When asked who is responsible for software security at their organisations, the sample of 1,000 DevOps and Sec professionals were equally split, with 48% saying development were and 48% saying IT security were.
Of far greater concern is the divide over who should be responsible for software security. Only 58% of IT security felt that their team should fortify build pipelines compared to 53% of development believing they should.
This lack of accountability seems concerning, but vice president of security strategy at Venafi, Kevin Bocek, explained it as such: ““Traditional roles are unclear about who is responsible for securing software pipelines – engineers build code, while security teams protect the business. But who protects software developers and who can understand how to protect the code developers write? That’s why we see development teams hiring security engineers, and security teams recruiting coders.”
This lack of alignment for who should be responsible extended to executive leadership as well, with 48% favouring IT security, 39% favouring development, and 12% believing both share responsibility.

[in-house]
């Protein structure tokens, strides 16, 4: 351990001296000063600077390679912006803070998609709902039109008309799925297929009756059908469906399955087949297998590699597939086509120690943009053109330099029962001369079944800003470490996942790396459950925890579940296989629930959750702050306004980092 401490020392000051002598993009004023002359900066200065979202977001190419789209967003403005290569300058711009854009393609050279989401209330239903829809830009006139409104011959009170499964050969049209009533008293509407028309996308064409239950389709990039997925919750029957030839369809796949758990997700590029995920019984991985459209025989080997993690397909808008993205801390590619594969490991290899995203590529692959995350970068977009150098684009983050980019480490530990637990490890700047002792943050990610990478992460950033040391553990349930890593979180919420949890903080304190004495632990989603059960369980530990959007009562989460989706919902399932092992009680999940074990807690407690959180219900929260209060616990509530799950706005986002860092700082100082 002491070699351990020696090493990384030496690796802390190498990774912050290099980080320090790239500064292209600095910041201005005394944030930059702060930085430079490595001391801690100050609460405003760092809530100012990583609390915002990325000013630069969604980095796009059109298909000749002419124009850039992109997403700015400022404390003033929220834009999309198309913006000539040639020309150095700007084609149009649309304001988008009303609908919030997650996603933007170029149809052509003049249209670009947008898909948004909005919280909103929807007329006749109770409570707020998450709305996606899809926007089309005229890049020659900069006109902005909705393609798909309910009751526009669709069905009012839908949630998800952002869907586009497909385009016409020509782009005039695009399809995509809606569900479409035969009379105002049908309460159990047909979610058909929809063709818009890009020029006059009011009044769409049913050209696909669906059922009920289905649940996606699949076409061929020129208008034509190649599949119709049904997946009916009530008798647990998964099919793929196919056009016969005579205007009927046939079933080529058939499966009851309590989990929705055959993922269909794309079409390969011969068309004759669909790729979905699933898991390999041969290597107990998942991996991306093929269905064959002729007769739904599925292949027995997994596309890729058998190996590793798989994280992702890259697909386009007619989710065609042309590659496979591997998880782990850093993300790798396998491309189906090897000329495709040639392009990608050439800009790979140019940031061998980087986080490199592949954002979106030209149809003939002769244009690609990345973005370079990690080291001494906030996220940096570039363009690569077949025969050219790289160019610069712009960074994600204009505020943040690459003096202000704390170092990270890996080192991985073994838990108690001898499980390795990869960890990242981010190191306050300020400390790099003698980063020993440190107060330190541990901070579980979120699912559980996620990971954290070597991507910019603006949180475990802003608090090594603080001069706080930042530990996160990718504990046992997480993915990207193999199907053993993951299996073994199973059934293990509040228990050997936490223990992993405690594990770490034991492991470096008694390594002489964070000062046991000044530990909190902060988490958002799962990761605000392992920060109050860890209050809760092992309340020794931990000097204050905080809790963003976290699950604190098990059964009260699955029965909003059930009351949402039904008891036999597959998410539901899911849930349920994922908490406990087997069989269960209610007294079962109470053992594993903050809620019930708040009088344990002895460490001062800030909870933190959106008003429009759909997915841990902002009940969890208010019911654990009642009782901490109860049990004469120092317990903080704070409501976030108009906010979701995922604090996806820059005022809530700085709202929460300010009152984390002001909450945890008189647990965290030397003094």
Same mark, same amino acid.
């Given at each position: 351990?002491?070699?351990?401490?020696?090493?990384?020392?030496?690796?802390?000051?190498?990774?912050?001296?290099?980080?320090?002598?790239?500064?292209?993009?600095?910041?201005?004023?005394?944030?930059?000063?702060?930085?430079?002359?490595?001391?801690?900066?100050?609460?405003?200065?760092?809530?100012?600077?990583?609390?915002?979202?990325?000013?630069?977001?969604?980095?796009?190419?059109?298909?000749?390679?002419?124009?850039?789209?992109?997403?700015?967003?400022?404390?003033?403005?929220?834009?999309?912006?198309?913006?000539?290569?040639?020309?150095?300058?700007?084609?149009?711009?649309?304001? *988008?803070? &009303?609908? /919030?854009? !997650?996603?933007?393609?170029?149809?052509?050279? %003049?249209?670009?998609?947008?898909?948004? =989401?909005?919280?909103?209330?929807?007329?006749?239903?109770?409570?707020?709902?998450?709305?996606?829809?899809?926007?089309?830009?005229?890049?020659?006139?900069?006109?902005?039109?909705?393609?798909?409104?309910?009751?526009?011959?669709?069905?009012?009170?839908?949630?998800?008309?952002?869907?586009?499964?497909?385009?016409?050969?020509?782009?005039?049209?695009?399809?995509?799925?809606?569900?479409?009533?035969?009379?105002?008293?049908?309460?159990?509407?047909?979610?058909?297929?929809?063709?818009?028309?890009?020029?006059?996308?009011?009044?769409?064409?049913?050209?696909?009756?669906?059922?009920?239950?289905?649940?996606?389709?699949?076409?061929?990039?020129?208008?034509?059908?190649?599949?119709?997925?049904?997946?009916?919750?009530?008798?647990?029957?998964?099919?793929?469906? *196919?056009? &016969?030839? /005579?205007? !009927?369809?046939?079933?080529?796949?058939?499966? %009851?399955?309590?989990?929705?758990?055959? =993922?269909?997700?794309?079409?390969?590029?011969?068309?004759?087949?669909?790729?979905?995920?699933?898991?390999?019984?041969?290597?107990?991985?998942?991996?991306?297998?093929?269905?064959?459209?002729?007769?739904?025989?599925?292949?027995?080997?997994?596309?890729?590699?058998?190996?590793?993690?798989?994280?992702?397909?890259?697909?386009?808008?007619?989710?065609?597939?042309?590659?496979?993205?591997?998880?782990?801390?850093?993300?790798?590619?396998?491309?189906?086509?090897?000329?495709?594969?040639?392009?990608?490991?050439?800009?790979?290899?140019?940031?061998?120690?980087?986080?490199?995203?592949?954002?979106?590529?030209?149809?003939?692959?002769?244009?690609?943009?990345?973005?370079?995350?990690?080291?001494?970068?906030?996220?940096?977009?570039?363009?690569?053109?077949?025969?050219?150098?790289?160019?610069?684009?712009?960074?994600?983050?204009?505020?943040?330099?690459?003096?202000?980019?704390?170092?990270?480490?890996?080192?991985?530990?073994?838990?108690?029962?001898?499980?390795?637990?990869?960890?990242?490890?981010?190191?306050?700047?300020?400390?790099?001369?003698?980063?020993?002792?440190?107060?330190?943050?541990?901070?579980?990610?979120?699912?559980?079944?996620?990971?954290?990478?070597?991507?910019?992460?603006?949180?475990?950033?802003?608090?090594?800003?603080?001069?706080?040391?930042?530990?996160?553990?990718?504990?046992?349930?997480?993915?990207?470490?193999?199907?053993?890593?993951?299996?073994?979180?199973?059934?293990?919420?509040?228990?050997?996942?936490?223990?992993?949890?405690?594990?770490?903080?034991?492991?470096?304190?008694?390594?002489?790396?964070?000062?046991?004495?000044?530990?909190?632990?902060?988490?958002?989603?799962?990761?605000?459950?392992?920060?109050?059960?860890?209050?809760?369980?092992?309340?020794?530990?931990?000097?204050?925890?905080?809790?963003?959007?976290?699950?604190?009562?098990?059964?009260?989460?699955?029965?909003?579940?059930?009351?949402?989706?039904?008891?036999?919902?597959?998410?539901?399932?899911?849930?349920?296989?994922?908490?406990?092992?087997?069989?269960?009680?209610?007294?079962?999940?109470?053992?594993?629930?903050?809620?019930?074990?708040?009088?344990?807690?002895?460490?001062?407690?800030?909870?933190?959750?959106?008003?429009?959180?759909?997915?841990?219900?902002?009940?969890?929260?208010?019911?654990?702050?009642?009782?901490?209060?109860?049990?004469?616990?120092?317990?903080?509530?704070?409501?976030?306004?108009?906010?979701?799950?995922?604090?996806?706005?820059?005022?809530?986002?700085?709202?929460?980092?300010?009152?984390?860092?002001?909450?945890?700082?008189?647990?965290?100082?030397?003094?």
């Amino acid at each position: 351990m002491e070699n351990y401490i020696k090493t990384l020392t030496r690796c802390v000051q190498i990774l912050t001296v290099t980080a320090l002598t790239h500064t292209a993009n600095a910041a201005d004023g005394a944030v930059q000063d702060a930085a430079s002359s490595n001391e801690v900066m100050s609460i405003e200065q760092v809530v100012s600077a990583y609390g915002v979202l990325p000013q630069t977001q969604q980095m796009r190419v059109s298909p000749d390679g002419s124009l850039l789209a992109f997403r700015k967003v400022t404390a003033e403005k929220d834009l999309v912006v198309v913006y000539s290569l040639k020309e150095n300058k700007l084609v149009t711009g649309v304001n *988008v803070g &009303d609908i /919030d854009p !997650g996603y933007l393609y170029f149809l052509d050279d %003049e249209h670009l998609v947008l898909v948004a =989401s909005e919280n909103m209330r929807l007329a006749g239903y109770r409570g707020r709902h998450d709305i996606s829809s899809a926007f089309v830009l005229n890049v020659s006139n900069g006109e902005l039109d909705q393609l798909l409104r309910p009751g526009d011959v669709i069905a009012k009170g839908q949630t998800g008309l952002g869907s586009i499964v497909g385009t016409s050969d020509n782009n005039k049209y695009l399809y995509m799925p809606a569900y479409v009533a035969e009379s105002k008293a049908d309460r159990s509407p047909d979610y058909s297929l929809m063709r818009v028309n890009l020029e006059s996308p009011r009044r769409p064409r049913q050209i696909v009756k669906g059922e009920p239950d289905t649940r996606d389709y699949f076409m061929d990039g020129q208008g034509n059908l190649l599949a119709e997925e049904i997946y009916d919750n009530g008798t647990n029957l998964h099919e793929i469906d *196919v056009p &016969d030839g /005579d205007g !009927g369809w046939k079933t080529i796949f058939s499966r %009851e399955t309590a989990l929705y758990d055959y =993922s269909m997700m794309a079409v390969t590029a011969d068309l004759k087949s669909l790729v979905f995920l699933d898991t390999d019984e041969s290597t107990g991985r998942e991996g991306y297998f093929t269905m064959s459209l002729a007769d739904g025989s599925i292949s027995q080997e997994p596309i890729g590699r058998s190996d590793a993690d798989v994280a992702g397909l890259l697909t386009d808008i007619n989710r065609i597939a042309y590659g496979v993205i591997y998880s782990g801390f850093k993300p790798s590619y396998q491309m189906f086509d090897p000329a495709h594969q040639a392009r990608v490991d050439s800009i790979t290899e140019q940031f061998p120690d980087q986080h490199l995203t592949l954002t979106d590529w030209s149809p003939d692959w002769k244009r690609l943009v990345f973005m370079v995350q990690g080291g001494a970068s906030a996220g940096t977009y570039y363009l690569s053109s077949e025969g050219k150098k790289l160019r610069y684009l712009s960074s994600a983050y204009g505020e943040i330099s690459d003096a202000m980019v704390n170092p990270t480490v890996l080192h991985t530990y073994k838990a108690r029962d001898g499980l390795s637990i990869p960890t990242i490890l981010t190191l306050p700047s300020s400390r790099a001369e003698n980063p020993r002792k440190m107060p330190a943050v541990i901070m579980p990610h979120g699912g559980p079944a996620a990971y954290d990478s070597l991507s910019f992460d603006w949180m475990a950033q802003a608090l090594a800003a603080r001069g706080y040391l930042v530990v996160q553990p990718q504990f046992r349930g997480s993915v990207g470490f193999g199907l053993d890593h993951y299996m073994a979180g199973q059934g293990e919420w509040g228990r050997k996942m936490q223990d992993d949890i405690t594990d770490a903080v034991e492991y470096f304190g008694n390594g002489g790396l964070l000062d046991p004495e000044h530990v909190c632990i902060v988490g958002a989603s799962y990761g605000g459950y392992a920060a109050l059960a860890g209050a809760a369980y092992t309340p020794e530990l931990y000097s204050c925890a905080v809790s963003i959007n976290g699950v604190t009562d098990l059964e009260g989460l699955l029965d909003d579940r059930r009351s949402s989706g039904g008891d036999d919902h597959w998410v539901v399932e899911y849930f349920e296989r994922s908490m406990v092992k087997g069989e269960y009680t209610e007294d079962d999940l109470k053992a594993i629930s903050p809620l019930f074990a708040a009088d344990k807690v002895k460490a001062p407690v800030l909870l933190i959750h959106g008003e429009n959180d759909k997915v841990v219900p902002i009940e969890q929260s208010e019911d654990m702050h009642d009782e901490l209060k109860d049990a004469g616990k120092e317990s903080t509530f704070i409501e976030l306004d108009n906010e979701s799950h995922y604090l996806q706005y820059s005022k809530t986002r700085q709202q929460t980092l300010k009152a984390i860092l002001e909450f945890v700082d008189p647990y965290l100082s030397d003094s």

“Most respondents are fundamentally ambivalent about their ability to defend against attacks on software development, and this is a clear indication that leadership teams need to establish clear priorities and strategies for this critical area of security,” added Bocek.
Considering only 20% of respondents were ‘completely confident’ in their organisations ability to defend against a cybersecurity attack, Bocek’s point on establishing priorities rings especially true.
Venafi concluded that to successfully enhance software security, engineering teams—which encompass product development engineering, infrastructure engineering and product security engineering as well as application development—must take the lead. The report claims that ‘only engineering has the visibility and span of control to effect the necessary changes.’
However, these teams will need the guidance and expertise InfoSec can provide to ensure that security controls are effective and corporate policies are being enforced.
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